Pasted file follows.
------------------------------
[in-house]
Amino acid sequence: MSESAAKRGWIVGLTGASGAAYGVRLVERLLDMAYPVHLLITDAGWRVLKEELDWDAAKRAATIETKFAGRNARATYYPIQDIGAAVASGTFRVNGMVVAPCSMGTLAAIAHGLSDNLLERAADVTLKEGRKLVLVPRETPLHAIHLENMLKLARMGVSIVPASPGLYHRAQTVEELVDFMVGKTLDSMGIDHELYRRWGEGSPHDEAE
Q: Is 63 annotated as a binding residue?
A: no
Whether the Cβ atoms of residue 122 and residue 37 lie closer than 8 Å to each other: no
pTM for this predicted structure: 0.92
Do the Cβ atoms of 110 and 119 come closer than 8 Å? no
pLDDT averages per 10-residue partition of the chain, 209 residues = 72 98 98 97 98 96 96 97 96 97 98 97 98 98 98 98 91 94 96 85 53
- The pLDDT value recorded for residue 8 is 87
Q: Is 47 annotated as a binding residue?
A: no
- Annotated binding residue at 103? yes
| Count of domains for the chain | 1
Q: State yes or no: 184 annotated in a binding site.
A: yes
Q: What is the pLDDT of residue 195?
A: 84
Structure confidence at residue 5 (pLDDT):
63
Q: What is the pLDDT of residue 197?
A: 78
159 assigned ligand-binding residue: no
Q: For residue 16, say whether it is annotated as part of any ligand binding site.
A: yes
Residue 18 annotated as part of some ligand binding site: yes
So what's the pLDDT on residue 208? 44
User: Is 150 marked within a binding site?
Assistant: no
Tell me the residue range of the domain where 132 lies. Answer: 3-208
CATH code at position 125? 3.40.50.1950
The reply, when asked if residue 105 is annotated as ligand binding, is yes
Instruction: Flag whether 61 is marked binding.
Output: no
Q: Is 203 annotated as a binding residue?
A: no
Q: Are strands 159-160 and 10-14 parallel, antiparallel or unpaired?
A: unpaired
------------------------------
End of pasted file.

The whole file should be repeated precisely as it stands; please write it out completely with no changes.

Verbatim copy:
[in-house]
Amino acid sequence: MSESAAKRGWIVGLTGASGAAYGVRLVERLLDMAYPVHLLITDAGWRVLKEELDWDAAKRAATIETKFAGRNARATYYPIQDIGAAVASGTFRVNGMVVAPCSMGTLAAIAHGLSDNLLERAADVTLKEGRKLVLVPRETPLHAIHLENMLKLARMGVSIVPASPGLYHRAQTVEELVDFMVGKTLDSMGIDHELYRRWGEGSPHDEAE
Q: Is 63 annotated as a binding residue?
A: no
Whether the Cβ atoms of residue 122 and residue 37 lie closer than 8 Å to each other: no
pTM for this predicted structure: 0.92
Do the Cβ atoms of 110 and 119 come closer than 8 Å? no
pLDDT averages per 10-residue partition of the chain, 209 residues = 72 98 98 97 98 96 96 97 96 97 98 97 98 98 98 98 91 94 96 85 53
- The pLDDT value recorded for residue 8 is 87
Q: Is 47 annotated as a binding residue?
A: no
- Annotated binding residue at 103? yes
| Count of domains for the chain | 1
Q: State yes or no: 184 annotated in a binding site.
A: yes
Q: What is the pLDDT of residue 195?
A: 84
Structure confidence at residue 5 (pLDDT):
63
Q: What is the pLDDT of residue 197?
A: 78
159 assigned ligand-binding residue: no
Q: For residue 16, say whether it is annotated as part of any ligand binding site.
A: yes
Residue 18 annotated as part of some ligand binding site: yes
So what's the pLDDT on residue 208? 44
User: Is 150 marked within a binding site?
Assistant: no
Tell me the residue range of the domain where 132 lies. Answer: 3-208
CATH code at position 125? 3.40.50.1950
The reply, when asked if residue 105 is annotated as ligand binding, is yes
Instruction: Flag whether 61 is marked binding.
Output: no
Q: Is 203 annotated as a binding residue?
A: no
Q: Are strands 159-160 and 10-14 parallel, antiparallel or unpaired?
A: unpaired